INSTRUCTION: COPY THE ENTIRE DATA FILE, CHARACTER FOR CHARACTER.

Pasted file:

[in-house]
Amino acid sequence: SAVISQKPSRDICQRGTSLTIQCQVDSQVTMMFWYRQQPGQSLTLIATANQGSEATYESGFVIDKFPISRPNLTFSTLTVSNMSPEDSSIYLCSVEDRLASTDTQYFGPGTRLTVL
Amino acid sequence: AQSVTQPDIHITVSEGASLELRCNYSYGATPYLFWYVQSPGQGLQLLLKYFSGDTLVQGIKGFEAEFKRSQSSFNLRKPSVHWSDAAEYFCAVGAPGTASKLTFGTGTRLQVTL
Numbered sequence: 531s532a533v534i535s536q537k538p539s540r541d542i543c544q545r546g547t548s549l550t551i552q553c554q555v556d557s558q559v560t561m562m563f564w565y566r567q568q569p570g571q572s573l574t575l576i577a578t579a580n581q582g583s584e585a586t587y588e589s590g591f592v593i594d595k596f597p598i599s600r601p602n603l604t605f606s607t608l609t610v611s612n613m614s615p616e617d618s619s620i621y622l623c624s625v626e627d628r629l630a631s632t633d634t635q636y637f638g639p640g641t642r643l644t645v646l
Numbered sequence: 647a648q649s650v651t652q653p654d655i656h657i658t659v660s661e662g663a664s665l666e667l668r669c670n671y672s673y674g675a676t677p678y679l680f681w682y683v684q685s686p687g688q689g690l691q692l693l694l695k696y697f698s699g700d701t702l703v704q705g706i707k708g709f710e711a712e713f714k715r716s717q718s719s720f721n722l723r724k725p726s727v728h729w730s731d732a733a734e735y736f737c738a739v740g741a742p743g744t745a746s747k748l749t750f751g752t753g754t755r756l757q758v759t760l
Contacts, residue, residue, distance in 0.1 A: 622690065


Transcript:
[in-house]
Amino acid sequence: SAVISQKPSRDICQRGTSLTIQCQVDSQVTMMFWYRQQPGQSLTLIATANQGSEATYESGFVIDKFPISRPNLTFSTLTVSNMSPEDSSIYLCSVEDRLASTDTQYFGPGTRLTVL
Amino acid sequence: AQSVTQPDIHITVSEGASLELRCNYSYGATPYLFWYVQSPGQGLQLLLKYFSGDTLVQGIKGFEAEFKRSQSSFNLRKPSVHWSDAAEYFCAVGAPGTASKLTFGTGTRLQVTL
Numbered sequence: 531s532a533v534i535s536q537k538p539s540r541d542i543c544q545r546g547t548s549l550t551i552q553c554q555v556d557s558q559v560t561m562m563f564w565y566r567q568q569p570g571q572s573l574t575l576i577a578t579a580n581q582g583s584e585a586t587y588e589s590g591f592v593i594d595k596f597p598i599s600r601p602n603l604t605f606s607t608l609t610v611s612n613m614s615p616e617d618s619s620i621y622l623c624s625v626e627d628r629l630a631s632t633d634t635q636y637f638g639p640g641t642r643l644t645v646l
Numbered sequence: 647a648q649s650v651t652q653p654d655i656h657i658t659v660s661e662g663a664s665l666e667l668r669c670n671y672s673y674g675a676t677p678y679l680f681w682y683v684q685s686p687g688q689g690l691q692l693l694l695k696y697f698s699g700d701t702l703v704q705g706i707k708g709f710e711a712e713f714k715r716s717q718s719s720f721n722l723r724k725p726s727v728h729w730s731d732a733a734e735y736f737c738a739v740g741a742p743g744t745a746s747k748l749t750f751g752t753g754t755r756l757q758v759t760l
Contacts, residue, residue, distance in 0.1 A: 622690065